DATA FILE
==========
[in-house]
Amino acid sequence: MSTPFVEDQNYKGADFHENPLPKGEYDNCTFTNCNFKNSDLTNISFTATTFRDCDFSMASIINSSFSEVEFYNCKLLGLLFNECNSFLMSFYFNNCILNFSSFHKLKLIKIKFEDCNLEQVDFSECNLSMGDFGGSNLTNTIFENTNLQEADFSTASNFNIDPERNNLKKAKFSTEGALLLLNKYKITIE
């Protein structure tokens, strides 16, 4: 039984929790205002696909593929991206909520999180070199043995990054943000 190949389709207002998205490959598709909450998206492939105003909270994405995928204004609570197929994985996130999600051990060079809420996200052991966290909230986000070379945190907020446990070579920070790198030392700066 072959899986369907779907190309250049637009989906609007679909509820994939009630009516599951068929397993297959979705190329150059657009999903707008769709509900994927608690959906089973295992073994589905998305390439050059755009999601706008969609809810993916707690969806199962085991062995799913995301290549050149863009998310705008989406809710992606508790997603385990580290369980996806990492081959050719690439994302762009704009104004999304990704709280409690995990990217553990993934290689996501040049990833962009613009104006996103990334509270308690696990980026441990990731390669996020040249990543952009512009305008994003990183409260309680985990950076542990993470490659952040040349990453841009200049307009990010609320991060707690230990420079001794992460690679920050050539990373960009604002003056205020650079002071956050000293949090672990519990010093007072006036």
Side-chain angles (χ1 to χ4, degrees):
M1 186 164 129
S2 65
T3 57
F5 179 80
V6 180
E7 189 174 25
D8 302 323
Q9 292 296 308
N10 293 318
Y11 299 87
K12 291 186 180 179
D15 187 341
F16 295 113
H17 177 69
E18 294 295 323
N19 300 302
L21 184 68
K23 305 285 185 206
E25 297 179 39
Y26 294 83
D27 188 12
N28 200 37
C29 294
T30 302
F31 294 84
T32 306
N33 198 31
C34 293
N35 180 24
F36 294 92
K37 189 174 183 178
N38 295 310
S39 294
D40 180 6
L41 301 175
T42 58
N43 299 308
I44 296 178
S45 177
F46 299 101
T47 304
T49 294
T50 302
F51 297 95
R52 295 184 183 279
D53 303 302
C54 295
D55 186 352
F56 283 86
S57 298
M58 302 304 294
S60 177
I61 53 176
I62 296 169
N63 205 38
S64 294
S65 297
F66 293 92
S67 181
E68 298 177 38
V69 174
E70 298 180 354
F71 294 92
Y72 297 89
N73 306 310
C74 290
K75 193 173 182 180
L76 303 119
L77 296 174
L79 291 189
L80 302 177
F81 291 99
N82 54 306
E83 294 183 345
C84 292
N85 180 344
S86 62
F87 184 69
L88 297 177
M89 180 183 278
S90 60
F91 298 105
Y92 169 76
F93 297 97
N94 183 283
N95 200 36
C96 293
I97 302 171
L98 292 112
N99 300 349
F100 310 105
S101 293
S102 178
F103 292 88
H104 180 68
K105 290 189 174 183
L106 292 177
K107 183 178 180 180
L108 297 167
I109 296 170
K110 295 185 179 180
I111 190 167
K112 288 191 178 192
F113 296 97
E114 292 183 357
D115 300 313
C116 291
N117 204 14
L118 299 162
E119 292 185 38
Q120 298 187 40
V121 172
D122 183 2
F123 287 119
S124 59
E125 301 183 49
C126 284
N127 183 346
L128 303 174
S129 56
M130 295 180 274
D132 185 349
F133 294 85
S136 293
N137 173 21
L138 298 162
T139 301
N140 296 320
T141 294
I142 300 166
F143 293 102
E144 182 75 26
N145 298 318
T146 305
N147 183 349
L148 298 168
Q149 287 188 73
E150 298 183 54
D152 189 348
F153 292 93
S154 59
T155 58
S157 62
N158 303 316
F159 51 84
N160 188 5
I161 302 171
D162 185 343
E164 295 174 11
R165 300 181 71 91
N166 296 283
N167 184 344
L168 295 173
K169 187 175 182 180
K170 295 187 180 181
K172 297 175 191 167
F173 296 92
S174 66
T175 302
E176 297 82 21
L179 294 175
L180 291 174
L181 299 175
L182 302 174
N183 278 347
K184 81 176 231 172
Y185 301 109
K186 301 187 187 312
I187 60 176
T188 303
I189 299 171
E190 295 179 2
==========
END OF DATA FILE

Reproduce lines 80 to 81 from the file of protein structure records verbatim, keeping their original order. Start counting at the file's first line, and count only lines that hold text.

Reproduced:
N85 180 344
S86 62